The Tweet Heard Round The World

I am sure you have heard or read about the “international incident” that is really a kerfuffle caused by a Tweet from the GM of the Houston Rockets.  Daryl Morey – in a Tweet since taken down – expressed his support for the Hong Kong protestors; the Chinese government and the people who run basketball in China took umbrage at that; there have been economic repercussions already.  I will not go into the details here; you can find good reporting on the subject here.

There are two aspects of this kerfuffle that transcend the current state of conflict between the NBA and the Chinese folks who care about basketball.  The first one is simple and direct:

  • This is not a “free speech issue”.

Daryl Morey exercised his free expression with his Tweet.  No one seeks to criminalize that action.  That is what the First Amendment protects against and it is not in play here.  US politicians on both ends of the political spectrum have felt it necessary to comment on all this and most of them immediately take the position that they are defenders of free speech.  Good for them; now, if we could only get them to understand what it is that they are defending.

The fact is that free expression is one of the pillars of US democracy.  The fact is that free expression is not protected, valued or even tolerated in some parts of the world outside the US.  We can wring our hands and bemoan that second fact, but it remains a fact.

Moreover, when one exercises one’s free speech rights here in the US, that does not immunize one from all consequences.  If a journalist makes up “facts” and synthesizes quotations from imaginary sources to enhance reporting, you could argue that the journalist is exercising his free expression.  And he/she is doing just that; he/she will not be prosecuted for doing so, but he/she is almost assuredly going to be fired by his/her employer for doing so.  If that is too abstract for you, just think about Colin Kaepernick.

The second aspect of this kerfuffle that I find interesting is the PR dance that the NBA must now perform.  The NBA has portrayed itself as ever so politically correct and inclusive.  Here are several examples:

  • They do not refer to team owners as “owners” because that may have a bad connotation for the African American players in the league.  Owners are now referred to as “governors” – – as if that makes any difference and might not be offensive to anyone anywhere.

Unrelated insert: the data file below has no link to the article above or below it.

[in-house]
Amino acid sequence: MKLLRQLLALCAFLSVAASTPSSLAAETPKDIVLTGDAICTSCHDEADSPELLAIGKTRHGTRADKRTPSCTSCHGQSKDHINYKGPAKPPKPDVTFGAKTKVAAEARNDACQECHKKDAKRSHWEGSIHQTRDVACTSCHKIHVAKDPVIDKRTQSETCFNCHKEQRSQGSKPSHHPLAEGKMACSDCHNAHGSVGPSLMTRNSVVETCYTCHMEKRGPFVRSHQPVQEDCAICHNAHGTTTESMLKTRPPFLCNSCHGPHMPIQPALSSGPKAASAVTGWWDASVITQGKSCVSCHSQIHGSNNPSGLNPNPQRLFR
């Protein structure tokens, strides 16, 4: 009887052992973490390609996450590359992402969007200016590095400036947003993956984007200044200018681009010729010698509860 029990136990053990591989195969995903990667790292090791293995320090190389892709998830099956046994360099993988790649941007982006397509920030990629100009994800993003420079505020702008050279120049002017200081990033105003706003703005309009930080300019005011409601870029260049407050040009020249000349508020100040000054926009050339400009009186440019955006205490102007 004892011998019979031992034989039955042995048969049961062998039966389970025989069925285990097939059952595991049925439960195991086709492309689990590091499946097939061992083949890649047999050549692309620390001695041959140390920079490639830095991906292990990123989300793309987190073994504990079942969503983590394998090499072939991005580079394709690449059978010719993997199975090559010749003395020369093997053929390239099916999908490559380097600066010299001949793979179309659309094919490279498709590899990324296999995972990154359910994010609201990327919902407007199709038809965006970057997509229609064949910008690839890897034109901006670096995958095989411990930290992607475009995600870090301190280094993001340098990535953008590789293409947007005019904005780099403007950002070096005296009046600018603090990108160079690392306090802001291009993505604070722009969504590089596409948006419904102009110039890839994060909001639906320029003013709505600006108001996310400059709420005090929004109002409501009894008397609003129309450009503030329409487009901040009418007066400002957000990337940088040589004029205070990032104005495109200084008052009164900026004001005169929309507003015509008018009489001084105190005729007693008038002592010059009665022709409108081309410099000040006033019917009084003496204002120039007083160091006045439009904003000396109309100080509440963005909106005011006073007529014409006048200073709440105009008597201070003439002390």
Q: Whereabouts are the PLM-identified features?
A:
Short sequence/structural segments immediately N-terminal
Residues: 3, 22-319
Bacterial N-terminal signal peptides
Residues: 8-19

• They express pride that the players in the NBA have certain powers of control over their careers that players in other sports do not – – as they wink in the direction of the NFL.
  • They threatened to take their All-Star game out of North Carolina when the state legislature enacted a gender-specific bathroom law that was not in line with NBA thinking.  [Aside:  That is exactly what the Chinese are doing now.]
  • They openly supported Colin Kaepernick in his confrontation with the NFL.

Now, the NBA finds itself at odds with its “Chinese partners” who have already begun to withhold some economic benefits from the Rockets specifically and the NBA more generally.  They will have to navigate a way through a minefield here without looking too much like hypocrites while they try to repair the damages done to one of their revenue streams and to their access to the Chinese basketball market.

Personally, I think the situation the NBA finds itself in today is an inevitable consequence of the NBA’s decision to try to exploit the Chinese marketplace once it was clear that Yao Ming had established a natural way for the NBA to try to access the emerging middle class in a country with 1.4 billion people.  The political, economic and social systems of China and the US are not the same and I believe that it is impossible to do billions of dollars’ worth of business with China and not encounter situations where the two systems butt heads.  The sane way to approach such “head butting incidents” is to keep them low-key and one of the best ways to keep them low-key is to avoid screaming “Free Speech” at the onset of the confrontation.